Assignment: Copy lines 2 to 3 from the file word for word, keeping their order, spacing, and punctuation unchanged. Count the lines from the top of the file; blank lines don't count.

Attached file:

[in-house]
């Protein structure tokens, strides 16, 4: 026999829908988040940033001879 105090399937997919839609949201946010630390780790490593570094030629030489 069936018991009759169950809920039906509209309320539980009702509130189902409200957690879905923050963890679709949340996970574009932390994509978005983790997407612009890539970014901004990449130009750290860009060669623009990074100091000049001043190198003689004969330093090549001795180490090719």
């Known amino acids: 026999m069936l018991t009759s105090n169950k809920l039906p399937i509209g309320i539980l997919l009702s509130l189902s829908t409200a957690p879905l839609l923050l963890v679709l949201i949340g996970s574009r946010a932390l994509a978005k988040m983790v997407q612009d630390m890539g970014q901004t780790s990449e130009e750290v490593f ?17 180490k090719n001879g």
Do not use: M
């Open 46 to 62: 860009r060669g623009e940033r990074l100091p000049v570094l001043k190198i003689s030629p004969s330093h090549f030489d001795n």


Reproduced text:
């Protein structure tokens, strides 16, 4: 026999829908988040940033001879 105090399937997919839609949201946010630390780790490593570094030629030489 069936018991009759169950809920039906509209309320539980009702509130189902409200957690879905923050963890679709949340996970574009932390994509978005983790997407612009890539970014901004990449130009750290860009060669623009990074100091000049001043190198003689004969330093090549001795180490090719």
């Known amino acids: 026999m069936l018991t009759s105090n169950k809920l039906p399937i509209g309320i539980l997919l009702s509130l189902s829908t409200a957690p879905l839609l923050l963890v679709l949201i949340g996970s574009r946010a932390l994509a978005k988040m983790v997407q612009d630390m890539g970014q901004t780790s990449e130009e750290v490593f ?17 180490k090719n001879g």